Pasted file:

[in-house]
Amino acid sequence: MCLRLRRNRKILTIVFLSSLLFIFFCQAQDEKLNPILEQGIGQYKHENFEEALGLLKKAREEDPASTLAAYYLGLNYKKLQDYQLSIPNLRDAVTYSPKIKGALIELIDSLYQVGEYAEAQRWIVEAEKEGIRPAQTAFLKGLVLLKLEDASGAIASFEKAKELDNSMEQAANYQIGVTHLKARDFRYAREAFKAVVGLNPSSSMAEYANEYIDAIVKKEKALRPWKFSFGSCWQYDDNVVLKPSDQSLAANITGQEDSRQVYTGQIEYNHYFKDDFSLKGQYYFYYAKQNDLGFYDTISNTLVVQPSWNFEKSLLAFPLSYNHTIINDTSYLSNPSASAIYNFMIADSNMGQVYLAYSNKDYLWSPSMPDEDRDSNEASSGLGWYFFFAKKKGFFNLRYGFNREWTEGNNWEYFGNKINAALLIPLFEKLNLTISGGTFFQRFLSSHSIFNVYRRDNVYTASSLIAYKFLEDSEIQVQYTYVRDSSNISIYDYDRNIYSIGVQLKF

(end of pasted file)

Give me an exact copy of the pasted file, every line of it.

[in-house]
Amino acid sequence: MCLRLRRNRKILTIVFLSSLLFIFFCQAQDEKLNPILEQGIGQYKHENFEEALGLLKKAREEDPASTLAAYYLGLNYKKLQDYQLSIPNLRDAVTYSPKIKGALIELIDSLYQVGEYAEAQRWIVEAEKEGIRPAQTAFLKGLVLLKLEDASGAIASFEKAKELDNSMEQAANYQIGVTHLKARDFRYAREAFKAVVGLNPSSSMAEYANEYIDAIVKKEKALRPWKFSFGSCWQYDDNVVLKPSDQSLAANITGQEDSRQVYTGQIEYNHYFKDDFSLKGQYYFYYAKQNDLGFYDTISNTLVVQPSWNFEKSLLAFPLSYNHTIINDTSYLSNPSASAIYNFMIADSNMGQVYLAYSNKDYLWSPSMPDEDRDSNEASSGLGWYFFFAKKKGFFNLRYGFNREWTEGNNWEYFGNKINAALLIPLFEKLNLTISGGTFFQRFLSSHSIFNVYRRDNVYTASSLIAYKFLEDSEIQVQYTYVRDSSNISIYDYDRNIYSIGVQLKF